“The Levitt Ring Model (1984, 1980) – a conceptual framework for understanding the attributes of low carbon innovations”

Posted on Posted in Low-carbon innovations

The Levitt ring model is a long established framework distinguishing between different types of product and service attributes. It is heavily used and cited in marketing literature. It distinguishes between core, primary attributes that meet consumers’ most basic needs, and non-core, secondary and tertiary attributes that offer consumers additional sources of added value. In her work on the appealing attributes of low carbon […]

How do the perceived attributes of low-carbon innovations differ between early adopters and non-adopters?

Posted on Posted in Uncategorized

Written by Mykolas Vainauskas  Early adopters of transport, homes and food low-carbon innovations consistently perceive more appealing attributes compared to non-adopters. This study by Mykolas Vainauskas, a summer intern from the University of East Anglia, looks at the differences between early adopters and non-adopters within three domains of low-carbon innovations – transport, food and homes. He finds that perceived attributes […]

How can diverse social sciences contribute to demand-side transformation?

Posted on Posted in Low-carbon innovations, News

Charlie Wilson travelled to Potsdam outside sunny Berlin for a symposium on how to achieve the 1.5°C climate target. The symposium brought together IPCC lead authors, scenario modelling experts, and policy stakeholders to identify integral elements of 1.5°C decarbonisation pathways and how climate policy ‘entry points’ can drive transformative change. Together with Felix Creutzig at […]

Meal kits: less C02…or more plastic pollution?

Posted on Posted in Future food, Useful Links

Meal kits are becoming ever more popular. Companies such as HelloFresh or Mindful Chef offer consumers easy to cook, freshly prepared food without the fuss of planning meals or going to the shops. Two articles, Heard et al. (2019) and Fenton (2017), investigate the carbon intensity of meal kits and find they produce less CO2 emissions compared to the same meal bought from supermarkets. This is because the pre-portioned ingredients of meal kits reduce domestic food waste. However, Gee et al. (2019) suggest that meal kits may actually increase emissions because they use significantly more […]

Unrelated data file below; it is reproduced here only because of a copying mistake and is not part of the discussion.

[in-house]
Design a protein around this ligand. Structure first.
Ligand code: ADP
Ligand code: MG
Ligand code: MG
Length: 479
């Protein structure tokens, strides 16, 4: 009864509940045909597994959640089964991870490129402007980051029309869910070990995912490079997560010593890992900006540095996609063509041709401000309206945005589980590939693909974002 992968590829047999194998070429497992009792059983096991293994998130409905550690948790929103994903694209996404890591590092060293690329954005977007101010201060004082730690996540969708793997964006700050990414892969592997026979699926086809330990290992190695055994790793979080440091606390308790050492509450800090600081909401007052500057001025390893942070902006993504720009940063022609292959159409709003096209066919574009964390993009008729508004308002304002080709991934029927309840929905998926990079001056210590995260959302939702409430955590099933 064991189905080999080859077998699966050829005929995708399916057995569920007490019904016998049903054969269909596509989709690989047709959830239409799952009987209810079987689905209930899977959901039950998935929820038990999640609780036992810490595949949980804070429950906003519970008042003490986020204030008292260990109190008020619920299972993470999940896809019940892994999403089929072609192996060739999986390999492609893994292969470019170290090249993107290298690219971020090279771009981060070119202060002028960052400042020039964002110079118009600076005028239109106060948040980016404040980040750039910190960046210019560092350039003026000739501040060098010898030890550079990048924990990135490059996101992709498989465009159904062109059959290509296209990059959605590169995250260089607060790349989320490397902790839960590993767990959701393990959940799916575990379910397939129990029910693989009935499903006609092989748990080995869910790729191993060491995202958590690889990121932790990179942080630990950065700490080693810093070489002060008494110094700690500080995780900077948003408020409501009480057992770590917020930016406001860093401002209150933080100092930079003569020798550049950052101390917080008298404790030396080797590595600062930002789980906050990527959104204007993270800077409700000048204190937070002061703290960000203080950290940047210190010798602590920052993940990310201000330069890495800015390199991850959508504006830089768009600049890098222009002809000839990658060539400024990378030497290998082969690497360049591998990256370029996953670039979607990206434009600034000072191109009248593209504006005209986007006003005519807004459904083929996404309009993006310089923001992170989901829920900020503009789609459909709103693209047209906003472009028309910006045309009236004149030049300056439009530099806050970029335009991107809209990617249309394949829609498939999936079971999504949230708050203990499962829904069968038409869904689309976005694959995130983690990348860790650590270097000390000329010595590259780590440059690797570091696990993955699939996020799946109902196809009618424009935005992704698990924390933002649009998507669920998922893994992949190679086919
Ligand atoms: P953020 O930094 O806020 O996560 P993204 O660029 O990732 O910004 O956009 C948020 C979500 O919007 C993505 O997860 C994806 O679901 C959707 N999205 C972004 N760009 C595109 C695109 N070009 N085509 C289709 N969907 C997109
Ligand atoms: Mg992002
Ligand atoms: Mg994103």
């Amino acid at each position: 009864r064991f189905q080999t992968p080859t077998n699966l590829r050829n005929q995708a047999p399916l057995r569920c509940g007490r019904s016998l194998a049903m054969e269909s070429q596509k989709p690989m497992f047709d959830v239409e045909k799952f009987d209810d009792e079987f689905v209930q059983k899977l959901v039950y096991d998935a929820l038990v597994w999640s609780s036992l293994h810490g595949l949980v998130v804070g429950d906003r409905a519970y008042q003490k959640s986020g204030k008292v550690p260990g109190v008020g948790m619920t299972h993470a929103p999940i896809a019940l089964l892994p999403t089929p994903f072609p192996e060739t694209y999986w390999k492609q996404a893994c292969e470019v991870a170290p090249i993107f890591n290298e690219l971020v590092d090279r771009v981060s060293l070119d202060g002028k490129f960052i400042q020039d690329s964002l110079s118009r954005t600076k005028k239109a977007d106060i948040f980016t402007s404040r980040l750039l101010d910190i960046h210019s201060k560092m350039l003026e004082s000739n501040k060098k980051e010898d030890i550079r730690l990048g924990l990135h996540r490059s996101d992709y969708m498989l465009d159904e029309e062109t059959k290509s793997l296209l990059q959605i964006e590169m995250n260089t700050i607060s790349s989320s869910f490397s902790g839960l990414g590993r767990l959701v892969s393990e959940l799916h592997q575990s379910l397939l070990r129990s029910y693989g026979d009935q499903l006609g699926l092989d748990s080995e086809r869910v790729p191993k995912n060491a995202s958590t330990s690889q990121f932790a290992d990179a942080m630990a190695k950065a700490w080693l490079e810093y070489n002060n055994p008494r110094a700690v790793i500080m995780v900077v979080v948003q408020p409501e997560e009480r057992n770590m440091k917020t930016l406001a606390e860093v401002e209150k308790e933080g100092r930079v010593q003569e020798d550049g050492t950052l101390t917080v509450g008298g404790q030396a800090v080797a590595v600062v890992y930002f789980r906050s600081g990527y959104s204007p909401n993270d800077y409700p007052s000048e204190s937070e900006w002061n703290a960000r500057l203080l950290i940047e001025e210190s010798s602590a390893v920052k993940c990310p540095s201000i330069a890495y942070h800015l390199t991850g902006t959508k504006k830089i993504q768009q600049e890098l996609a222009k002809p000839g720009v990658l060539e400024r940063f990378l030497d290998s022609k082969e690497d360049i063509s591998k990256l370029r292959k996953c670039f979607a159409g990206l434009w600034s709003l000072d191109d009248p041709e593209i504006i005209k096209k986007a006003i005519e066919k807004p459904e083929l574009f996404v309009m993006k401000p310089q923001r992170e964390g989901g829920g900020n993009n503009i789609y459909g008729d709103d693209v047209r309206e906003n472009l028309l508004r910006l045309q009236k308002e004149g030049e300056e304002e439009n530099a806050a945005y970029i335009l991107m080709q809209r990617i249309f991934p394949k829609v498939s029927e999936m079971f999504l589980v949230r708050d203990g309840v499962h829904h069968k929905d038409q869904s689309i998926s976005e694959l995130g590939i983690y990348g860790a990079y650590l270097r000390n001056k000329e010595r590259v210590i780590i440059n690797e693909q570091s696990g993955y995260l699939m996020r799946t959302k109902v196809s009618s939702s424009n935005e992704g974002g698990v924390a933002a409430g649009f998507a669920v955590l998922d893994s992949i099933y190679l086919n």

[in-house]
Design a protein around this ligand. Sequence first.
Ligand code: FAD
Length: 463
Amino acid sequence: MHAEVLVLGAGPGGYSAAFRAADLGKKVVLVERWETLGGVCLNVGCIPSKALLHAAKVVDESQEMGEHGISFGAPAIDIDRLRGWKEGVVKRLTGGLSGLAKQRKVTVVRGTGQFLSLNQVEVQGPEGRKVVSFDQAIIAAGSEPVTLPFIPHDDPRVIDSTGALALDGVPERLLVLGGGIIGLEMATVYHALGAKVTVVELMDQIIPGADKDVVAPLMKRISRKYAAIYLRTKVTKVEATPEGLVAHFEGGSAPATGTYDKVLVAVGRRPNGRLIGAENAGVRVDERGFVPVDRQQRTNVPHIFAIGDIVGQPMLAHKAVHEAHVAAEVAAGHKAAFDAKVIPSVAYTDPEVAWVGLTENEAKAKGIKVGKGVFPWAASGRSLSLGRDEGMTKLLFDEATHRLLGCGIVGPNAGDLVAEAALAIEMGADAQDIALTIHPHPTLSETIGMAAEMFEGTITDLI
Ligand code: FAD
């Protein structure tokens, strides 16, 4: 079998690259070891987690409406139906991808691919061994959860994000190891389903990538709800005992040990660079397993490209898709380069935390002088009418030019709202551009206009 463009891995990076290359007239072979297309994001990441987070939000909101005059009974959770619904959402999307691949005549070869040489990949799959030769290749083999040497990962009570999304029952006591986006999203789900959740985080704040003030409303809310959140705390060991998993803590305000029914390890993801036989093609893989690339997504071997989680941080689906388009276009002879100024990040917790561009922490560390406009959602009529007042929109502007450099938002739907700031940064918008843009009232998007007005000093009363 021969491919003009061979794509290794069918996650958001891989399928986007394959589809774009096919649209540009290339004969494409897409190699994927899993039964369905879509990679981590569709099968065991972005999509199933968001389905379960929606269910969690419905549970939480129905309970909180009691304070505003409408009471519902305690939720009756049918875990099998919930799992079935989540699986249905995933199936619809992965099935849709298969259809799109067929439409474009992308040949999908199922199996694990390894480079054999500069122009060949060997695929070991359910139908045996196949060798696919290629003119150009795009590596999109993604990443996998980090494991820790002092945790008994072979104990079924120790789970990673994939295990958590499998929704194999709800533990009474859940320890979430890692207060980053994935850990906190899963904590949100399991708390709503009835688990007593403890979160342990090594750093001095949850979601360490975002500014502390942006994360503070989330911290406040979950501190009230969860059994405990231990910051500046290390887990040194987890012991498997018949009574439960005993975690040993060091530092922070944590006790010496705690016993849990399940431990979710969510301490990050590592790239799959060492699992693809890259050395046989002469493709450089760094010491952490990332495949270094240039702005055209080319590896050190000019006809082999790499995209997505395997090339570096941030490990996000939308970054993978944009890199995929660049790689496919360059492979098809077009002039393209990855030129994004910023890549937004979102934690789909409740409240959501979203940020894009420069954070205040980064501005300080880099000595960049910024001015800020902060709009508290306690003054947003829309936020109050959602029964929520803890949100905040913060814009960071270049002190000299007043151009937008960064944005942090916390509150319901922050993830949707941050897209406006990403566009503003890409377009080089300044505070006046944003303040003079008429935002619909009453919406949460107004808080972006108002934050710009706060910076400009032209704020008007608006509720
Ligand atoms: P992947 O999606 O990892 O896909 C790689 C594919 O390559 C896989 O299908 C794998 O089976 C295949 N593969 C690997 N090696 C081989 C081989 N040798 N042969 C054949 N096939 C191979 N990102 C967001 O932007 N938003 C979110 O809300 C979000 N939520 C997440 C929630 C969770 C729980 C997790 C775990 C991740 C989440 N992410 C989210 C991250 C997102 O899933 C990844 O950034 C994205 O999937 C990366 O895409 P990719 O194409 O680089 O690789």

Environmental benefits of shared e-scooters brought into question

Posted on Posted in Future mobility, Useful Links

In cities across the world, dockless electric scooters are becoming an ever-more common sight.  These are often promoted as being an environmentally friendly way on travelling within a city, but this recent research paper by Joseph Hollingsworth and his colleagues finds that the truth behind these claims is more complicated.  When taking into account the materials and […]

Communicating about communication

Posted on Posted in Low-carbon innovations, News

Post written by Emilie Vrain Having spent the summer collecting and analysing data from an online survey about smart home technologies and social networks, one of our team members recently headed to Zurich, Switzerland to present some of her findings at the 4th European Conference in Social Networks. Emilie’s presentation highlights that current adopters of smart home […]